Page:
In moving news, settling in continues apace. The cat has finally discovered how to sit comfortably with her ma in the recliner. And after more hours of shopping than I care to think about, I have glorious silk curtains on order for the bedroom and a set of bookshelves that roughly blend with my current ones on the way. By the end of tonight, my office will be put together. This is no thanks to my bookcase-building abilities. I follow directions slightly better than Republicons govern, but that ain't sayin' much.
Speaking of Cons, they bear a remarkable resemblance to my first attempt at putting the sides together on these shelves: you'd think the sides should point the same direction, but they don't:
The GOP's "budget" was roundly mocked throughout Democratic circles and even in the suddenly-caring-about-policy traditional media for not having any numbers, the way that, you know, a budget does. Yesterday, John McCain sought to calm the waters by claiming that the Senate GOP would put together, in fact, an actual budget with hard numbers instead of just a pamphlet with a bunch of circles and positive affirmations.I think Mitch and John need to have a confab so they can get their stories straight. They might want to bring Rep. Paul Ryan in with them:DAVID GREGORY: Do you think that Republicans should provide a detailed budget alternative?
GREGORY: With numbers?
GREGORY: Will that happen in the Senate?
McCAIN: We're working on it, working very hard on it.
Rick Klein reports that Sen. McCain is mistaken.According to a spokesman for Senate Minority Leader Mitch McConnell, R-Ky., the Senate GOP's plan remains the same: Republicans are planning to offer individual amendments to the Democratic budget but not a detailed, comprehensive budget of their own. Sen. Judd Gregg, R-N.H., the top Republican on the Senate Budget Committee, has pointed out that if the GOP amendments are accepted en masse (which will not happen), the amended budget would be the Republican alternative.
Last week, the House GOP presented its alternative budget proposal. Members of the media, including conservative commentators, widely panned the document for being scant on details and appearing more as “campaign-style talking points.” Rep. Paul Ryan (R-WI), ranking member of the House Budget Committee, has said he will release yet another budget proposal, but this time with more specifics.
Though Ryan has been most critical of the deficit impact of Obama’s budget, he has been unable to assess the deficit impact of his own budget. After being repeatedly asked this weekend by Bloomberg’s Al Hunt about “how large” the deficit would be under the Republican plan, Ryan finally respond, “A lot”:
HUNT: But the Obama budget deficit is $1.4 trillion. How, roughly, how large will yours be?
RYAN: Their budget deficit is $1.8 trillion. […]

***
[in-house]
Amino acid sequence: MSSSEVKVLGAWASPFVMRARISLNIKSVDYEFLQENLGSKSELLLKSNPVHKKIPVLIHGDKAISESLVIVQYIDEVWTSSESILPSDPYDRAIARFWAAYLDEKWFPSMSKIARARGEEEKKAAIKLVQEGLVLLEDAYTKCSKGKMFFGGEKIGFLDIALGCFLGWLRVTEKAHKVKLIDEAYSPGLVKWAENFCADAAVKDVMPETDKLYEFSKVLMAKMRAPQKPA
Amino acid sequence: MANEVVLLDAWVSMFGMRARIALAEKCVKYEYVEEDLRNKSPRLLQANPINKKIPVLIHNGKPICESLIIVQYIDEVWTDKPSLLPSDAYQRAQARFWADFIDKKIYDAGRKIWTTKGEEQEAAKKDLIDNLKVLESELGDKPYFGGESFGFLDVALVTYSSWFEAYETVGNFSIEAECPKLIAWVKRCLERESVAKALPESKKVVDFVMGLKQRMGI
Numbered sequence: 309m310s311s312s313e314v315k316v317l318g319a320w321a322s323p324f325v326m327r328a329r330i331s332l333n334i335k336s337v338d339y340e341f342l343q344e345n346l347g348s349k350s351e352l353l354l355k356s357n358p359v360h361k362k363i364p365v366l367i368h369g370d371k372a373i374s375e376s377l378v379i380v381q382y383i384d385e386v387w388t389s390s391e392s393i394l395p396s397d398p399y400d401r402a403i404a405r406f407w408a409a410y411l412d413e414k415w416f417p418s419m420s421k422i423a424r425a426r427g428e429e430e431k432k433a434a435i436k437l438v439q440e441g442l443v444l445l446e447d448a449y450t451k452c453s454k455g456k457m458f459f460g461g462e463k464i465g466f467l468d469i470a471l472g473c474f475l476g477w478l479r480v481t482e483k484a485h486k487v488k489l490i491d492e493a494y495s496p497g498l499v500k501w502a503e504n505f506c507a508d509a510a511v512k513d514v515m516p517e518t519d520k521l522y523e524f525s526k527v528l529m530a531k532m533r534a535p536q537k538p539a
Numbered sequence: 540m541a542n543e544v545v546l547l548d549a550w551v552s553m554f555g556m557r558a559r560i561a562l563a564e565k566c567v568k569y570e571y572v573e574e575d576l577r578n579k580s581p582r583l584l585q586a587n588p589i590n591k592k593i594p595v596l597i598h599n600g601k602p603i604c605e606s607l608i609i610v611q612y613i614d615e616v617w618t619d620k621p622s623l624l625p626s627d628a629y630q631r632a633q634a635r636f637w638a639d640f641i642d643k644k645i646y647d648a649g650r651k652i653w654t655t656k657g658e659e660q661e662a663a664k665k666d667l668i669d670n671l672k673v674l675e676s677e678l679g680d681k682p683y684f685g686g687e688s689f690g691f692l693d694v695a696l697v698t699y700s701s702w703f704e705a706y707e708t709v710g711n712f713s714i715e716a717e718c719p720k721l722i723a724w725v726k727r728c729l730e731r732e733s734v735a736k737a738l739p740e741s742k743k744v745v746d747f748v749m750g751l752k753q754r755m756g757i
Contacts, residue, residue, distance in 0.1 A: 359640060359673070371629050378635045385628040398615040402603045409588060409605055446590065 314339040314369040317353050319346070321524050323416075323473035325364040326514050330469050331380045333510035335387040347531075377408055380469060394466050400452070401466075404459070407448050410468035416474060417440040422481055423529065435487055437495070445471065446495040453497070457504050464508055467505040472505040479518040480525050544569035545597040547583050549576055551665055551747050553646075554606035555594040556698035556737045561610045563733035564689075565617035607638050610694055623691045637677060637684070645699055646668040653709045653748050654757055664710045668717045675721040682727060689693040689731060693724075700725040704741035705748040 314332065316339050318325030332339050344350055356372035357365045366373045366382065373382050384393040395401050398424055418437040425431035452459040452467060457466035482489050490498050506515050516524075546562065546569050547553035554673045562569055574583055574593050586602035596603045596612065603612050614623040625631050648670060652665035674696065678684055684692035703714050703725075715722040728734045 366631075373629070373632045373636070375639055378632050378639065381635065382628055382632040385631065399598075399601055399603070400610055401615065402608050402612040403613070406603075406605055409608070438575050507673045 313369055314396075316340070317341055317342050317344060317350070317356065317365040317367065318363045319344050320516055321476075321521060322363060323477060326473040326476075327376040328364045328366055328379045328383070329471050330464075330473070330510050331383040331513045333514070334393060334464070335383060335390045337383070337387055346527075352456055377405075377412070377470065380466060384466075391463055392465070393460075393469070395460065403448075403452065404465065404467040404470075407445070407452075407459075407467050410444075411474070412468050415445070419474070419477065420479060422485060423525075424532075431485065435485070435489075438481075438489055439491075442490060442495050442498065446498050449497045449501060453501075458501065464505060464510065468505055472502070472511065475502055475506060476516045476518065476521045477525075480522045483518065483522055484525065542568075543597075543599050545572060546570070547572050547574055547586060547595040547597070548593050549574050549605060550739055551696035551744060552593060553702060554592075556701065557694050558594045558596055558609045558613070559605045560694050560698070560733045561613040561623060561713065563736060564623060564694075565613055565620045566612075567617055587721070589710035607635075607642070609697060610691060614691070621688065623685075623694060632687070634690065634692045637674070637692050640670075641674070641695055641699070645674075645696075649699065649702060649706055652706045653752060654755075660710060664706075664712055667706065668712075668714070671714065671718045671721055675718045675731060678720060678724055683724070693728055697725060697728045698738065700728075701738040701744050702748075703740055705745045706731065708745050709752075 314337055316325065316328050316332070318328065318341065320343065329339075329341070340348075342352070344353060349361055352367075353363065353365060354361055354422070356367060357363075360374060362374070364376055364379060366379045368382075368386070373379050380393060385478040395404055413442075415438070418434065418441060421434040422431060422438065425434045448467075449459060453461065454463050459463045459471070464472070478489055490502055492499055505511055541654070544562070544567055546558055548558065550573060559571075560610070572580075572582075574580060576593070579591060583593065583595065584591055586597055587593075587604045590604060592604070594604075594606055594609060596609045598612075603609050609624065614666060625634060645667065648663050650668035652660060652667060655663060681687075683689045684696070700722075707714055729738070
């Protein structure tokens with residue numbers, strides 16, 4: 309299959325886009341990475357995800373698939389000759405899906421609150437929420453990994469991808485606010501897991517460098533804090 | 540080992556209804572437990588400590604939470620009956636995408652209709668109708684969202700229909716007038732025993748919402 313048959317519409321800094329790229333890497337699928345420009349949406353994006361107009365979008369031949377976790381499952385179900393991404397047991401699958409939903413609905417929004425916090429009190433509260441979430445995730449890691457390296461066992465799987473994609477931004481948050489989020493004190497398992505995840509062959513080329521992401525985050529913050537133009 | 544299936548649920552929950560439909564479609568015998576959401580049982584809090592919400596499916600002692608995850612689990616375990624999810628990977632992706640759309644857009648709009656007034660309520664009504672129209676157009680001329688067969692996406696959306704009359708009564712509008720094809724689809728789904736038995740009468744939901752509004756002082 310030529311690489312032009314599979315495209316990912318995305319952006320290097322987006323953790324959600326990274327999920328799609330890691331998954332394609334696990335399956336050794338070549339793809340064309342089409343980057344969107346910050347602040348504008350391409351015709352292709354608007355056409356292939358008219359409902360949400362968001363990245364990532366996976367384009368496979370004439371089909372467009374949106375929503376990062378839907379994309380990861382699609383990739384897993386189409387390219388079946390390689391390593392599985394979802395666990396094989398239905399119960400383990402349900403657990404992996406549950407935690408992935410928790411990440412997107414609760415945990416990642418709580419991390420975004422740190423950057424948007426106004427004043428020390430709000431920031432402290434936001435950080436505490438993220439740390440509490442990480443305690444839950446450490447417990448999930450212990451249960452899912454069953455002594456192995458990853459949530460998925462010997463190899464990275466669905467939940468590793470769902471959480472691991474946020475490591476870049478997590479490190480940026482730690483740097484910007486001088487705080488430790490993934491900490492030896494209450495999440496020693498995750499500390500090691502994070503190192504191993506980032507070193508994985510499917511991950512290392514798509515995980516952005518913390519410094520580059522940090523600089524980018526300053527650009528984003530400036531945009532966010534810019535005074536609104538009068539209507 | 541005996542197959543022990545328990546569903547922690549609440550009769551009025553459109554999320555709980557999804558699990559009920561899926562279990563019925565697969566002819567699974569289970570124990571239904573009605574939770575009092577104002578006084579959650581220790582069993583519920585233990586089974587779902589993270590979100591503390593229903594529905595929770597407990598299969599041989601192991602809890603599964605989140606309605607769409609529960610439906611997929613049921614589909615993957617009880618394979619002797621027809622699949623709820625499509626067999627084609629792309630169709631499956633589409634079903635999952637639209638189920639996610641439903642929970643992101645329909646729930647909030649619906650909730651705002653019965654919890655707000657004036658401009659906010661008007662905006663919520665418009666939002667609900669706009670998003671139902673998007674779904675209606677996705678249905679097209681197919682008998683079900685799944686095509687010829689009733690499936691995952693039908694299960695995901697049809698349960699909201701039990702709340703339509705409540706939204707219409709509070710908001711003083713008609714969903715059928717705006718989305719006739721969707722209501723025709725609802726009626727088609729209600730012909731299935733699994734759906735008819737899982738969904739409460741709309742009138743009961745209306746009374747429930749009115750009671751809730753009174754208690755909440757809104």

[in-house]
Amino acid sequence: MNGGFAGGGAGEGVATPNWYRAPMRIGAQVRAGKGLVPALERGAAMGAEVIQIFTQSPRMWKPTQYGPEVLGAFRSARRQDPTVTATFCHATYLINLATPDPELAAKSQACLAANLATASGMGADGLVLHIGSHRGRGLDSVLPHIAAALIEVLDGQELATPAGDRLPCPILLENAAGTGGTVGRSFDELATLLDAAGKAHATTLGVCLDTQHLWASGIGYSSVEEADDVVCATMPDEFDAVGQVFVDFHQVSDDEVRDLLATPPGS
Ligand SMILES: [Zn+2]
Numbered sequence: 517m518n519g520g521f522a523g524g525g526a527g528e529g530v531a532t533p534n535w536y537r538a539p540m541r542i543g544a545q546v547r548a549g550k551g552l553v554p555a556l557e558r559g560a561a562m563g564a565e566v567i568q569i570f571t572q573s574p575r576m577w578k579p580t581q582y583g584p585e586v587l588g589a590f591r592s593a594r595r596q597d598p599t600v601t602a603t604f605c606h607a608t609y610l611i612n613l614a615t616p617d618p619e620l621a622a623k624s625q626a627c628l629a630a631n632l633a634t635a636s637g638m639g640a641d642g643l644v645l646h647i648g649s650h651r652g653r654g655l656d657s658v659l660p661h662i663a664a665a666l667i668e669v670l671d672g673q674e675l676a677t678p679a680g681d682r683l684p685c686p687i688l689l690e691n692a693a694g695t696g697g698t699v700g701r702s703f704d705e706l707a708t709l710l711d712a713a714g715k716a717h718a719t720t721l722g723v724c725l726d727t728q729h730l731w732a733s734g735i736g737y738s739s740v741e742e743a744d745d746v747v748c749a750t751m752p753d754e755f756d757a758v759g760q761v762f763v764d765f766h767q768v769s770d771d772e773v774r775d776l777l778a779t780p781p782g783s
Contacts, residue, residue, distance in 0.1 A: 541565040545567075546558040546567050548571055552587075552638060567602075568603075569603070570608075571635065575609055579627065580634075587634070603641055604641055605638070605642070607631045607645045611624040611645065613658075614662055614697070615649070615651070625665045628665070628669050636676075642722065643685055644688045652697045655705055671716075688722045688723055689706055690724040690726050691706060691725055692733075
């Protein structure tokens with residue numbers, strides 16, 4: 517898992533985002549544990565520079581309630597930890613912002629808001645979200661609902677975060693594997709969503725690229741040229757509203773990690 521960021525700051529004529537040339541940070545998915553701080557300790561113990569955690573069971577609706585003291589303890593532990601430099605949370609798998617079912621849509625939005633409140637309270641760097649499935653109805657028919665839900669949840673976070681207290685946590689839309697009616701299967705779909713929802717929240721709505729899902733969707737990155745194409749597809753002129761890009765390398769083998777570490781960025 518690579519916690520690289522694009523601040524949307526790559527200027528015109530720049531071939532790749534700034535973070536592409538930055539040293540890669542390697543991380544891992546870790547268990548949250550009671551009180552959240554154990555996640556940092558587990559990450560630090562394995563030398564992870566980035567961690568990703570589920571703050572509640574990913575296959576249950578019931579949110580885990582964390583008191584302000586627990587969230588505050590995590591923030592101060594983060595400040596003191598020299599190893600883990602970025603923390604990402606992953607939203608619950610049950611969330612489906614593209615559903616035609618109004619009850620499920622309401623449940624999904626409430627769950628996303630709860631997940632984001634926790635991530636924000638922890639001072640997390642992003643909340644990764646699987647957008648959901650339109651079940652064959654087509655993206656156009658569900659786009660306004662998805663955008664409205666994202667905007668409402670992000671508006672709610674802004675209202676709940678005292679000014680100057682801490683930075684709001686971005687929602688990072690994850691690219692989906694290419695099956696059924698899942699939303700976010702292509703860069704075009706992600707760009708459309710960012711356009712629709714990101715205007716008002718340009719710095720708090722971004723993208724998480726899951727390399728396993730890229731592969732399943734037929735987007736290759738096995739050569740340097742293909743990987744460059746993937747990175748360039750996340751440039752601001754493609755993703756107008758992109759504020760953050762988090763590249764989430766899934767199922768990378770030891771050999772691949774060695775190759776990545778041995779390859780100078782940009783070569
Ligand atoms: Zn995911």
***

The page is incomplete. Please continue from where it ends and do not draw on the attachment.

HUNT: Gimme an idea of how large yours will be?
RYAN: A lot. Let’s put it that way.
So. They're upset over the Obama budget deficit, but if they plug actual numbers instead of wishes and dreams into theirs, they end up with a huge deficit themselves. Brilliant, aren't they just?
It's already astounding that the Norm Coleman-Al Franken Senate recount has taken this long to resolve. Franken has won the first recount and Coleman's lawyers even acknowledge that he will win the case before the Minnesota Supreme Court when the verdict comes down shortly. But this is the first time I've heard the word "years" to describe the timeframe for resolution.Texas Sen. John Cornyn is threatening "World War III" if Democrats try to seat Al Franken in the Senate before Norm Coleman can pursue his case through the federal courts.
Cornyn, the chairman of the National Republican Senatorial Committee, acknowledges that a federal challenge to November's elections could take "years" to resolve. But he's adamant that Coleman deserves that chance - even if it means Minnesota is short a senator for the duration.
World War III, eh? All for Norm? These people really aren't quite right in the head.
He'd better watch it, though. If the Cons get too feisty, the Dems may call in the far left bloggers, and we're a formidable force. In fact, it turns out we're Bill O's #1 enemies:
In their interview with Bill O’Reilly this morning, the ladies of The View failed to question him about his comments on rape or his record of stalking and harassing his perceived enemies. Instead, they let O’Reilly make a series of attacks that went unchallenged:
BARBARA WALTERS: Who are your current enemies?
O’REILLY: I have enemies all over, Barbara. Come on. Is this a telethon? I mean…
WALTERS: Number one. You just said every day, every week you look for a new enemy. Number one enemy at this moment.
O’REILLY: I would say the far left blogs. I mean, they’re just everyday.
Heh. We are a mighty and awesome force. Almost as mighty as the right's stupidty.